Relationship between Economic Growth and Fertility Rate in Kenya between the Periods 1977 -2019
Makau, Angela Mutindi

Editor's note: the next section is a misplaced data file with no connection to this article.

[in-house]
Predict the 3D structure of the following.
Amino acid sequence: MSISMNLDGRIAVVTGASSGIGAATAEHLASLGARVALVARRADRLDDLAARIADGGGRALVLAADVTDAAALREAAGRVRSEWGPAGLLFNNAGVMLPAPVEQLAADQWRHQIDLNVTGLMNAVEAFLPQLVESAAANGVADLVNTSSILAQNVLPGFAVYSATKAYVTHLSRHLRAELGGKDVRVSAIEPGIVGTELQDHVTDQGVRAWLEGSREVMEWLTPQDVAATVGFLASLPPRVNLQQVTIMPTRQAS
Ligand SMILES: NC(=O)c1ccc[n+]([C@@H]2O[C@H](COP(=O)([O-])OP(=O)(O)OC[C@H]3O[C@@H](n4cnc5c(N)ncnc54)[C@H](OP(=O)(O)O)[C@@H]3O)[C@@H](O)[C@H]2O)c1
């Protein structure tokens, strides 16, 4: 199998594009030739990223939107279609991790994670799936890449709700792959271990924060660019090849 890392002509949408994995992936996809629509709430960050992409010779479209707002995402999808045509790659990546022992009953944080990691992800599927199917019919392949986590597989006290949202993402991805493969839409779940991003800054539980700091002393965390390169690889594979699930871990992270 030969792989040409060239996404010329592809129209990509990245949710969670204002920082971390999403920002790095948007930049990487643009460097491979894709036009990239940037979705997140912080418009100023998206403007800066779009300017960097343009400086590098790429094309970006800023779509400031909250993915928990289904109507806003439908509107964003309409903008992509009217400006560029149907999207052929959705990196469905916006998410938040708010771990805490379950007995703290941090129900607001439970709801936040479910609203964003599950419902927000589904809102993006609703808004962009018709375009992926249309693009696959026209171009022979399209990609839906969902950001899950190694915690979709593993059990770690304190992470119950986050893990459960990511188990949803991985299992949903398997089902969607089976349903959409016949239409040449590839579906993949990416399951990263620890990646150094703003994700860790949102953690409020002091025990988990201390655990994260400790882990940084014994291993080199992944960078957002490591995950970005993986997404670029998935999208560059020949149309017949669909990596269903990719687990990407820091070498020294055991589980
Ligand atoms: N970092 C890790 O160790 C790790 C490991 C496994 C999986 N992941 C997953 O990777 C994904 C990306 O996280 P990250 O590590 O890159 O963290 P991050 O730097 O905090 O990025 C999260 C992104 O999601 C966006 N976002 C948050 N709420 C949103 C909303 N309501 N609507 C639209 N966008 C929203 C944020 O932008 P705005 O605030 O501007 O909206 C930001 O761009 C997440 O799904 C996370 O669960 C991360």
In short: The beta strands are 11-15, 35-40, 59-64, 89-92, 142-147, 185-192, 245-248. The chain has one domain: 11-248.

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In Kenya, the total fertility rate is constantly changing, which affects per capita income. And the results on the impact of fertility on economic growth are even more different. The debate about the positive and negative impacts of high fertility on economic growth remains controversial. Rising fertility leads to population growth, putting pressure on domestic savings and the growth of public institutions. At the same time, due to the high birth rate, the larger the population, the greater the market for goods and services. The general purpose was to investigate the relationship between fertility and economic growth. The specific goals are: To study how fertility affects Kenya's economic growth, determine how economic growth affects Kenya's fertility, and investigate the causal relationship between fertility and Kenya's economic growth. Longitudinal study designs were selected during the period 1977-2019. This study was based on two theoretical models; Neoclassical theoretical model and Malthus's theoretical model. Data from secondary sources such as World Development Indicators and KNBS Economic Surveys were used in the survey. The findings show that capital stock growth had a positive impact on economic growth, and the total fertility rate had a negative impact on economic growth. Employment growth did not affect economic growth. The overall fertility rate was unaffected by economic growth. The study concludes that capital and fertility are important predictors of economic growth, and that economic growth is an important factor influencing changes in the total fertility rate. The implications of this study are that governments need to further emphasize population control through measures such as expanding the provision of family planning services. In addition, incentives such as investment subsidies need to promote capital growth in the economy.